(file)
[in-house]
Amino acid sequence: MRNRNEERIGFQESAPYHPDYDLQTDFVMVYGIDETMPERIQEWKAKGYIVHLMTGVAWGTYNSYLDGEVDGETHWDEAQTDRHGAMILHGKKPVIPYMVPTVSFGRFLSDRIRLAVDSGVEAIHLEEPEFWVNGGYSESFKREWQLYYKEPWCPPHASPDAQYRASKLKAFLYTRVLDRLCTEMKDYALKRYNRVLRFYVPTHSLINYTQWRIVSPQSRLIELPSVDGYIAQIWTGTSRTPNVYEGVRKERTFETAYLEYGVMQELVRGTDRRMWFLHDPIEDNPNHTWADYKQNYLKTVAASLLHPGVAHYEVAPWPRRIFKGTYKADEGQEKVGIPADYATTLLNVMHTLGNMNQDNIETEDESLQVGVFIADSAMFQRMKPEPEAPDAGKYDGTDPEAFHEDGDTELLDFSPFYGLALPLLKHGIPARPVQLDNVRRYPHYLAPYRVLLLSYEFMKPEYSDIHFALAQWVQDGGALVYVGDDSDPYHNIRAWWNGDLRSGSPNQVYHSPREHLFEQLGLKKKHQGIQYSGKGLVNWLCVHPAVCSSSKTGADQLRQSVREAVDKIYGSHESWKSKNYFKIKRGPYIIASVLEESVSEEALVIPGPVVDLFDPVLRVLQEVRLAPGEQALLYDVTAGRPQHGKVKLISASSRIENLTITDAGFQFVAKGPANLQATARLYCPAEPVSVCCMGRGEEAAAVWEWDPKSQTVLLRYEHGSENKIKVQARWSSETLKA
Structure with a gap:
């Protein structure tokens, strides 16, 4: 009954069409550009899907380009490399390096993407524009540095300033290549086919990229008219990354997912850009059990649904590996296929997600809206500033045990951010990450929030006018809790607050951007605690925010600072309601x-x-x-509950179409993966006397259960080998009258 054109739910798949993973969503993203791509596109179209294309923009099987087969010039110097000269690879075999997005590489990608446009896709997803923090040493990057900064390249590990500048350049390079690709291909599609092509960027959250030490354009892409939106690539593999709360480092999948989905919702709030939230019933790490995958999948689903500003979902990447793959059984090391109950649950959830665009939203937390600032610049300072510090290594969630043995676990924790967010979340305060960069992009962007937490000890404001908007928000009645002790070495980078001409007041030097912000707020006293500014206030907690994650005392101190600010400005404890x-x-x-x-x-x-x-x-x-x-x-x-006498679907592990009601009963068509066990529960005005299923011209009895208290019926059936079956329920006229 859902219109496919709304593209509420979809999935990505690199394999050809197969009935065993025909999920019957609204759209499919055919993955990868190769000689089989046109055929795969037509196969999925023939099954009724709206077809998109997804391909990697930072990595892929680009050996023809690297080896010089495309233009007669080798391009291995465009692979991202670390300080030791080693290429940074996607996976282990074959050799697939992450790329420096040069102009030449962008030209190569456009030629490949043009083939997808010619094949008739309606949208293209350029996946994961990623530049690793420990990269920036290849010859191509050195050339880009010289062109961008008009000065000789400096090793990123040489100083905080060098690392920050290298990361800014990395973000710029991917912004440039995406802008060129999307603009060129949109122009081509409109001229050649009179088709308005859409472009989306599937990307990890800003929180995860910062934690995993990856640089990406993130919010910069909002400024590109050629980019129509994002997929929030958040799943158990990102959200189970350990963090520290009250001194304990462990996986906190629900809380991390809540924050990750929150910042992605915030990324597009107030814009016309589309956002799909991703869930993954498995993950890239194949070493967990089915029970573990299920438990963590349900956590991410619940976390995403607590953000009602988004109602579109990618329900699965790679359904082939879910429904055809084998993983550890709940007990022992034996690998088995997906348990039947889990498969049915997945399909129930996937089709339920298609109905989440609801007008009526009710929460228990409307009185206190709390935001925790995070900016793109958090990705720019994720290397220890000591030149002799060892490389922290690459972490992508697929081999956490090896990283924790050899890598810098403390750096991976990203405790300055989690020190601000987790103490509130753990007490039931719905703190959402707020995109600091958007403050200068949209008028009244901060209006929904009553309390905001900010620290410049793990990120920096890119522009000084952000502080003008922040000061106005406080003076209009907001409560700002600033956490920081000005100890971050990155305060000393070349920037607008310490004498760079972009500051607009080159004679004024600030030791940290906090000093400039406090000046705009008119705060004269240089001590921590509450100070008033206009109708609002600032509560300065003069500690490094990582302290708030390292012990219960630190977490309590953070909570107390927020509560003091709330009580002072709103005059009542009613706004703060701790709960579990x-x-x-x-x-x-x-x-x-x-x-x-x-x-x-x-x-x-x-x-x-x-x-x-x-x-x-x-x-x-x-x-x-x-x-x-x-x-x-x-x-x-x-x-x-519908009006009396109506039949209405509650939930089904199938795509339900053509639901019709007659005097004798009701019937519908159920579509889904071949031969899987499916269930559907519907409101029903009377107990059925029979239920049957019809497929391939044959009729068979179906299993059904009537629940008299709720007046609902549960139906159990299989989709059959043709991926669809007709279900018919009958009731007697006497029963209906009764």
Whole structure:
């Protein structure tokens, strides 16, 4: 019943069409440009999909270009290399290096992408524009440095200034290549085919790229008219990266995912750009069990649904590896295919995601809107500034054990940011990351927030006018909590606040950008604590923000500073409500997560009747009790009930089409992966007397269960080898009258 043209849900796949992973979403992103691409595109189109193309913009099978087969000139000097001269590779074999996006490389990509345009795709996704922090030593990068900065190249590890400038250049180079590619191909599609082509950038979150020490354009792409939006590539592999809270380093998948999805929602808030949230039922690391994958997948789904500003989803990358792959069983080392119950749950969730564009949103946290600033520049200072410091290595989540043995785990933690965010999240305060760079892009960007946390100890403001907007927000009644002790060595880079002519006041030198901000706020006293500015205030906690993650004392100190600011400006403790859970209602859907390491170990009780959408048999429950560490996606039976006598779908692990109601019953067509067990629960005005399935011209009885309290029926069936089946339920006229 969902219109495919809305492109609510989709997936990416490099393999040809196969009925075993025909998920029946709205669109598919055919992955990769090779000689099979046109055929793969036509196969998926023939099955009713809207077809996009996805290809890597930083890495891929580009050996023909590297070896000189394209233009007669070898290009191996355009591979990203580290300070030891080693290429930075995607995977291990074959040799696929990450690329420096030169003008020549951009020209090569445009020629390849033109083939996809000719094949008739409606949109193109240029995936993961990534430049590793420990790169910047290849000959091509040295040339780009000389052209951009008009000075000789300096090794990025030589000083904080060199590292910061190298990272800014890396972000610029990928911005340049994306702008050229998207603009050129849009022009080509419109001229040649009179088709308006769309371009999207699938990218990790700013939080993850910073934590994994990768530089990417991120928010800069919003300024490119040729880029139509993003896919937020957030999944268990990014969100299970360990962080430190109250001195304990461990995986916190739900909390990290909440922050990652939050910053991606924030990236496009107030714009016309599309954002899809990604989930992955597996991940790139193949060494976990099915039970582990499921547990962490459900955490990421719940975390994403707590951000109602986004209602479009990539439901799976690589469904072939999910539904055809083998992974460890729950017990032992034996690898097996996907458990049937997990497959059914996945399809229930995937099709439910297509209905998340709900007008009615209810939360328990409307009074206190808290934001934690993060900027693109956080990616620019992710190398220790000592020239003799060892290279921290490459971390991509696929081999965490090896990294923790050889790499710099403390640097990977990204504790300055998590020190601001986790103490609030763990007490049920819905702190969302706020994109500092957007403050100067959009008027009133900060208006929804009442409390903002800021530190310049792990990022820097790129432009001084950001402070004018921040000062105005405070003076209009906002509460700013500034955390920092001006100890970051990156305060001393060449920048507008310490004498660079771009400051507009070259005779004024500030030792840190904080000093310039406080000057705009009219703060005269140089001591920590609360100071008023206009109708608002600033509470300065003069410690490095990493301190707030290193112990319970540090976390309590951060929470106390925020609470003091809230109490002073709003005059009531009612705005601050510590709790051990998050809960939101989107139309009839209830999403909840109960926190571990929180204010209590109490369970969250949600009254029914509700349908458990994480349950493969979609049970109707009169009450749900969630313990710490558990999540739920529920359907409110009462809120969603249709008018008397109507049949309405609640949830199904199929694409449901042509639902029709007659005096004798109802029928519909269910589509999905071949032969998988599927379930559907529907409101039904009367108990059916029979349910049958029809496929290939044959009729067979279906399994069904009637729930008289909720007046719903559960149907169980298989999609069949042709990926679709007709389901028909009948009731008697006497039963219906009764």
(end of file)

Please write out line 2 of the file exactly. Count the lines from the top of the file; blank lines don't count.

Amino acid sequence: MRNRNEERIGFQESAPYHPDYDLQTDFVMVYGIDETMPERIQEWKAKGYIVHLMTGVAWGTYNSYLDGEVDGETHWDEAQTDRHGAMILHGKKPVIPYMVPTVSFGRFLSDRIRLAVDSGVEAIHLEEPEFWVNGGYSESFKREWQLYYKEPWCPPHASPDAQYRASKLKAFLYTRVLDRLCTEMKDYALKRYNRVLRFYVPTHSLINYTQWRIVSPQSRLIELPSVDGYIAQIWTGTSRTPNVYEGVRKERTFETAYLEYGVMQELVRGTDRRMWFLHDPIEDNPNHTWADYKQNYLKTVAASLLHPGVAHYEVAPWPRRIFKGTYKADEGQEKVGIPADYATTLLNVMHTLGNMNQDNIETEDESLQVGVFIADSAMFQRMKPEPEAPDAGKYDGTDPEAFHEDGDTELLDFSPFYGLALPLLKHGIPARPVQLDNVRRYPHYLAPYRVLLLSYEFMKPEYSDIHFALAQWVQDGGALVYVGDDSDPYHNIRAWWNGDLRSGSPNQVYHSPREHLFEQLGLKKKHQGIQYSGKGLVNWLCVHPAVCSSSKTGADQLRQSVREAVDKIYGSHESWKSKNYFKIKRGPYIIASVLEESVSEEALVIPGPVVDLFDPVLRVLQEVRLAPGEQALLYDVTAGRPQHGKVKLISASSRIENLTITDAGFQFVAKGPANLQATARLYCPAEPVSVCCMGRGEEAAAVWEWDPKSQTVLLRYEHGSENKIKVQARWSSETLKA